RTD rail lines continue to flunk the cost-benefit test for metro Denver commuters and taxpayers, warns contributor Tom Graham
You have to read closely to see it, so elegant are the euphemisms, but the company that owns the company that owns the Denver Post is taking bankruptcy to get out from under $1 billion in loans it can't repay. ("Pact lets Post's owner cut debt," Jan. 16.) I note this with sadness, not any sort of pleasure, because Denver and Colorado need the Post -- all the more so after we lost the Rocky Mountain News a year ago -- and because I admire press lord Dean Singleton, whose MediaNews Group is the nation's second-largest newspaper publisher in terms of circulation and who is one of the world's true visionaries about where journalism is going in the digital age.
As today's story explains, MediaNews is in relatively better shape than most other struggling or bankrupt newspaper owners, and given Singleton's proven virtuosity there is reason to think he can pilot the company through current storms into sustainability when industry trends smooth out. For Colorado's sake and in the interest of informed self-government, let's hope so.
Disclosure: I am a Denver Post columnist.
As one of the many transplants who have moved from Texas to Colorado, I’ve picked up on several interesting differences between the sports scenes in Houston and Denver. Denver is one of the most unique sports cities in the country with an eclectic mix of competition for fans to take in.
Obviously there are the big four with the Broncos, Rockies, Nuggets and the Avalanche, but there is so much more. From Major League and Arena soccer to Arena and Australian Rules Football. There are even two professional lacrosse teams in town, not to mention the array of high school and college sports.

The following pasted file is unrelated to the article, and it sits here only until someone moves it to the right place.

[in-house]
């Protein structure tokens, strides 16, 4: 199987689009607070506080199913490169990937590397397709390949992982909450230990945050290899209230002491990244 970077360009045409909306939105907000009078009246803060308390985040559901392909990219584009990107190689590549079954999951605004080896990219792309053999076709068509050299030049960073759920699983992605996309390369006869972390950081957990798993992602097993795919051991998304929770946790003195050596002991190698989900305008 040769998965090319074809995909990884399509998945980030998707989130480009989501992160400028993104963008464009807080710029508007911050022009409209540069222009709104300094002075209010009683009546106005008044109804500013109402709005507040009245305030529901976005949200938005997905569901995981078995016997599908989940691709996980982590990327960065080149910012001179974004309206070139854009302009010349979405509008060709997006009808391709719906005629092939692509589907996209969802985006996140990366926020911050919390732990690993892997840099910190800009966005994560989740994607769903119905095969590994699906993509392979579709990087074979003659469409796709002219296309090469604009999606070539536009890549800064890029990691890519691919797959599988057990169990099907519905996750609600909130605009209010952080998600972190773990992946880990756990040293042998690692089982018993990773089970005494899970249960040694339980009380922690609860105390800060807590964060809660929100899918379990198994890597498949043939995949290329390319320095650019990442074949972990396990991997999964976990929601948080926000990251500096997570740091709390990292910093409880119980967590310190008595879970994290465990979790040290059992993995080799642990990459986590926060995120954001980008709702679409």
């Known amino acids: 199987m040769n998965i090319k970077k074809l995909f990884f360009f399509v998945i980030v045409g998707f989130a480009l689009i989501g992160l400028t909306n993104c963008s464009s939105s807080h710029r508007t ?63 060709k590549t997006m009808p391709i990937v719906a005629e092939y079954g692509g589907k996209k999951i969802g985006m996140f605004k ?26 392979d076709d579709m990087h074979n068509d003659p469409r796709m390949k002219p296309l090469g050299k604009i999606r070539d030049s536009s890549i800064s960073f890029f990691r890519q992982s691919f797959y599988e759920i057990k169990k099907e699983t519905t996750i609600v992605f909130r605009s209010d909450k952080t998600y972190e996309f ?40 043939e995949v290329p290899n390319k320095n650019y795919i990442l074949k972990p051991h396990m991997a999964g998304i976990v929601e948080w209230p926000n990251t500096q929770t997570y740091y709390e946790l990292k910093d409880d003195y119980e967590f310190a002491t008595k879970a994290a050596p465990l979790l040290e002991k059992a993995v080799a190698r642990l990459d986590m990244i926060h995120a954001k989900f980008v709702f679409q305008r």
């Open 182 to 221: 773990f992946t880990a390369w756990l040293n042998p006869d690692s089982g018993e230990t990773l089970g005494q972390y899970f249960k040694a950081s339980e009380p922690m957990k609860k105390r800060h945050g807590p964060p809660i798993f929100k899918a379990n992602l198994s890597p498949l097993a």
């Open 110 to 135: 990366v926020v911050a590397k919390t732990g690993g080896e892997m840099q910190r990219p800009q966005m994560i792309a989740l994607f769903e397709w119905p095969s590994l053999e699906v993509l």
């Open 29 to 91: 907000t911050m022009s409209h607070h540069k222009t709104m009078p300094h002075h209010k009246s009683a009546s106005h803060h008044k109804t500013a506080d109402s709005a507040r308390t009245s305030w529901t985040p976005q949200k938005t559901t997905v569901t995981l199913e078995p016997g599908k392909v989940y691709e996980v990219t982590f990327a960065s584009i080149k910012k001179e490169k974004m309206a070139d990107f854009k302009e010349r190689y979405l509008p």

In Texas it is no secret that football is king, from high school all the way to the NFL. But while support for the Texans has continued to grow through the years, Houston is light years behind Denver when it comes to supporting an NFL franchise.
High School football is another matter. While it has increased in popularity in Denver, the entire state of Texas is infatuated with that level of football, and the majority of the State champions at the top levels over the last decade have come from the Houston area.
Prep baseball in Houston is far superior to that in Denver, with a laundry list of top MLB players originating from Houston. Meanwhile the biggest MLB player from the Denver area at the moment would probably be Brad Lidge.
Of course that’s not a surprise considering the climate here and how difficult it is to play baseball in cold weather. Anyone who has ever caught a 90 MPH fastball in sub-50 degree temperatures or hit a ball off the end of the bat would agree.
I guess the most obvious difference between the two cities when it comes to sports is the variety. While Houston has the Rockets and the Houston Dynamo, which has won the MLS championship, it is dominated by football and baseball from the professional ranks down to high school.